No evidence of 'murder hornets' in Virginia, expert says

Posted at 12:38 PM, May 07, 2020
and last updated 2020-05-07 12:38:59-04

RICHMOND, Va. -- No, the scary looking hornet you found in Virginia is almost certainly not the so-called “murder hornet,” according to longtime Virginia entomologists. A few Asian giant hornets, which are disturbingly large in size and native to southeast Asia, were discovered late last year in Washington state.

Recently, social media buzz has spread around the country voicing concern the insects were spreading in the United States. Experts said they pose little risk to humans, although their sting is very painful, but can decimate honey bee populations.

Also recently, CBS 6 has received multiple messages and photos from viewers who think they found one in Virginia.

Asian giant "murder hornet"
Asian giant "murder hornet"

Dr. Tim Kring, the head of the Entomology Department at Virginia Tech, said he too has received tons of messages from Virginians claiming to have found one.

“I got 100 emails on Sunday if that’s any indication. All about the hornet, so I do have my filter set to look at them,” Dr. Kring said.

State officials and multiple local entomologists stress there have been zero Asian giant hornets found in Virginia, ever. Dr. Kring said there is little evidence yet that they have actually taken hold in the Pacific Northwest. The first reported sighting was in Vancouvers in September 2019.

“One nest. One queen. They killed it right away,” Dr. Kring said. “About a month later, they found two dead adults [hornets] in Washington state, which is about 40 miles away. They could have come from that one nest; they probably did not, but they could have. There were no other live insects found after that September, so no live insects have ever been found in the United States.”

“I would probably say east of the Rockies, you didn’t see one. What we know about them in other countries where they exist, it moved very slowly. About 40 miles a year is how long it took to go across land when it invaded new territories,” he continued.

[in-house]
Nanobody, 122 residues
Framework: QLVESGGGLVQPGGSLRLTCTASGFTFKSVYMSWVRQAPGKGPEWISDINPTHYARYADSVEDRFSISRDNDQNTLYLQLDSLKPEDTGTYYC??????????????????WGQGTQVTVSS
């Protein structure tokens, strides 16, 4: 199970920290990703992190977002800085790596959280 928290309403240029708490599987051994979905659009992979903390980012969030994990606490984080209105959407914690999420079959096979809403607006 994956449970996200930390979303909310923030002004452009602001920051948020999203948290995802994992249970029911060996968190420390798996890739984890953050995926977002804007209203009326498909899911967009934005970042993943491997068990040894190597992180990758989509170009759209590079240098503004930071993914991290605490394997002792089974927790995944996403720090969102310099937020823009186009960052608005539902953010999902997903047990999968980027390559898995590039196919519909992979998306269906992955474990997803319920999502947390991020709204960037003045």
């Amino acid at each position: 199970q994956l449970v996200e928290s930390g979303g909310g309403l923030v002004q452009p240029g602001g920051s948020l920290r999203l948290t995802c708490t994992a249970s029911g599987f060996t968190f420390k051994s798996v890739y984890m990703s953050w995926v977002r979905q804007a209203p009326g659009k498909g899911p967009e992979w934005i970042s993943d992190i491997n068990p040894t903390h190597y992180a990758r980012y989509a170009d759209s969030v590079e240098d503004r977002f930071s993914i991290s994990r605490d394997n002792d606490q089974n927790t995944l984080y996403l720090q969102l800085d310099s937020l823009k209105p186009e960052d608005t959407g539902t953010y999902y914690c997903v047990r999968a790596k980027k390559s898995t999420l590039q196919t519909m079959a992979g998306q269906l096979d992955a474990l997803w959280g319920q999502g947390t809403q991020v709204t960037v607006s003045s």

Dr. Tim Kring, the head of the Entomology Department at Virginia Tech.
Dr. Tim Kring, the head of the Entomology Department at Virginia Tech.

Attaching the name “murder hornet” to the insect has helped the confusion spread in the United States, said Dr. Karen Kester, an entomologist at VCU. Dr. Kester pointed to reports that 30-40 people per year die from a sting by the Asian giant hornets in their native habitats. An average of 62 people die each year in the United States from beee, wasp, and hornet stings, according to the CDC.

“Of course, we’re not a fan of that kind of name. The murder hornet name comes from what it does to bees and not people,” Dr. Kring explained. “Later in the season, the hornets will group en masse and attack a hive and just kill them, not eat them. Kill them so they can get to the brood of the hive.”

Asian giant "murder hornet"
Asian giant "murder hornet"

So if Asian giant hornets are not in Virginia or the east coast of the United States, what are people confusing them with? Both Kring and Kester said two species that have been in Virginia for centuries are the likely culprits: European hornets and cicada-killers.

“We have several hornets that are generally similar to this. Really big, get in your face size hornets,” Dr. Kring said.

The cicada-killers are not active until later in the summer, are much smaller than Asian giant hornets, and display different patterning and coloration. European hornets look very similar to Asian giant hornets, Dr. Kring said, but like the cicada-killers never grown larger than about an inch and a quarter.

“One way to tell really quickly, the Asian giant hornet has this orange, yellow, bright head that looks like a basketball. That is not what the European hornet looks like. It doesn’t have that big head,” Dr. Kring said.


Asian giant hornets would be an invasive species in Virginia and could cause problems for our local ecosystems and bee populations, if they arrived. Virginia officials said they continue to inspect all shipping containers that enter Virginia ports.

“We do all that we can to ensure that we protect our state and certainly the bees that we have in the state that are so important. Those pollinators that we have that are really important to our number one industry: agriculture,” said Bettina Ring, Va. Secretary of Agriculture and Forestry

Even though he is an expert in the field, Dr. Kring said some people do not believe him when they send him insects they think are Asian giant hornets. If you find an insect and want it properly identified by experts, you can send a photo or safely collected sample to your local Virginia Cooperative Extension office. (

Click here to learn more about the Asian giant hornet.